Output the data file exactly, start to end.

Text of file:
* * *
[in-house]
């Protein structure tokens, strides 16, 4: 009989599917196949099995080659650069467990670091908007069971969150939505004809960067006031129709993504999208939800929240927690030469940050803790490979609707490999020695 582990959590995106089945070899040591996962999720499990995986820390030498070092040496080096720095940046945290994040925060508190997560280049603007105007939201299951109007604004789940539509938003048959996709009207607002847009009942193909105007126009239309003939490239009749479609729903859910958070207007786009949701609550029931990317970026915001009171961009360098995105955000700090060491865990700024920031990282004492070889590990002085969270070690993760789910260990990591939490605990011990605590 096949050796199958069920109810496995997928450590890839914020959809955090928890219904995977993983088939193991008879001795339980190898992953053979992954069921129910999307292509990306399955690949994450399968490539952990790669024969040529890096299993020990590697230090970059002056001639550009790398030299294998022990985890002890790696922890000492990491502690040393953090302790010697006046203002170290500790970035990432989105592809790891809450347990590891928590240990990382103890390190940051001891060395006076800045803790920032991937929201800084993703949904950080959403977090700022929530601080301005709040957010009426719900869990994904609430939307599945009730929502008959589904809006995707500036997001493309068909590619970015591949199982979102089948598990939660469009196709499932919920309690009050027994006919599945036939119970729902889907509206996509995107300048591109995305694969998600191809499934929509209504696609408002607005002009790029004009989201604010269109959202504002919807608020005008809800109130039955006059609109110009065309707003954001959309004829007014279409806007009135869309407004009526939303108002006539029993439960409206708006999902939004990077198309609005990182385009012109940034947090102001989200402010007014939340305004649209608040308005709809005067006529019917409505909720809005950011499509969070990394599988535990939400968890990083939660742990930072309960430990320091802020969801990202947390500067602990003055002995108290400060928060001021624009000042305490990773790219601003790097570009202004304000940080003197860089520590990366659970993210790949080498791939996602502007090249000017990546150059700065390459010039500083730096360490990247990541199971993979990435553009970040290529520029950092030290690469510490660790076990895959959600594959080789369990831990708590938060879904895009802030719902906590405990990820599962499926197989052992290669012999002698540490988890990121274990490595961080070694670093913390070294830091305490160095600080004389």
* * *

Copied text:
[in-house]
């Protein structure tokens, strides 16, 4: 009989599917196949099995080659650069467990670091908007069971969150939505004809960067006031129709993504999208939800929240927690030469940050803790490979609707490999020695 582990959590995106089945070899040591996962999720499990995986820390030498070092040496080096720095940046945290994040925060508190997560280049603007105007939201299951109007604004789940539509938003048959996709009207607002847009009942193909105007126009239309003939490239009749479609729903859910958070207007786009949701609550029931990317970026915001009171961009360098995105955000700090060491865990700024920031990282004492070889590990002085969270070690993760789910260990990591939490605990011990605590 096949050796199958069920109810496995997928450590890839914020959809955090928890219904995977993983088939193991008879001795339980190898992953053979992954069921129910999307292509990306399955690949994450399968490539952990790669024969040529890096299993020990590697230090970059002056001639550009790398030299294998022990985890002890790696922890000492990491502690040393953090302790010697006046203002170290500790970035990432989105592809790891809450347990590891928590240990990382103890390190940051001891060395006076800045803790920032991937929201800084993703949904950080959403977090700022929530601080301005709040957010009426719900869990994904609430939307599945009730929502008959589904809006995707500036997001493309068909590619970015591949199982979102089948598990939660469009196709499932919920309690009050027994006919599945036939119970729902889907509206996509995107300048591109995305694969998600191809499934929509209504696609408002607005002009790029004009989201604010269109959202504002919807608020005008809800109130039955006059609109110009065309707003954001959309004829007014279409806007009135869309407004009526939303108002006539029993439960409206708006999902939004990077198309609005990182385009012109940034947090102001989200402010007014939340305004649209608040308005709809005067006529019917409505909720809005950011499509969070990394599988535990939400968890990083939660742990930072309960430990320091802020969801990202947390500067602990003055002995108290400060928060001021624009000042305490990773790219601003790097570009202004304000940080003197860089520590990366659970993210790949080498791939996602502007090249000017990546150059700065390459010039500083730096360490990247990541199971993979990435553009970040290529520029950092030290690469510490660790076990895959959600594959080789369990831990708590938060879904895009802030719902906590405990990820599962499926197989052992290669012999002698540490988890990121274990490595961080070694670093913390070294830091305490160095600080004389």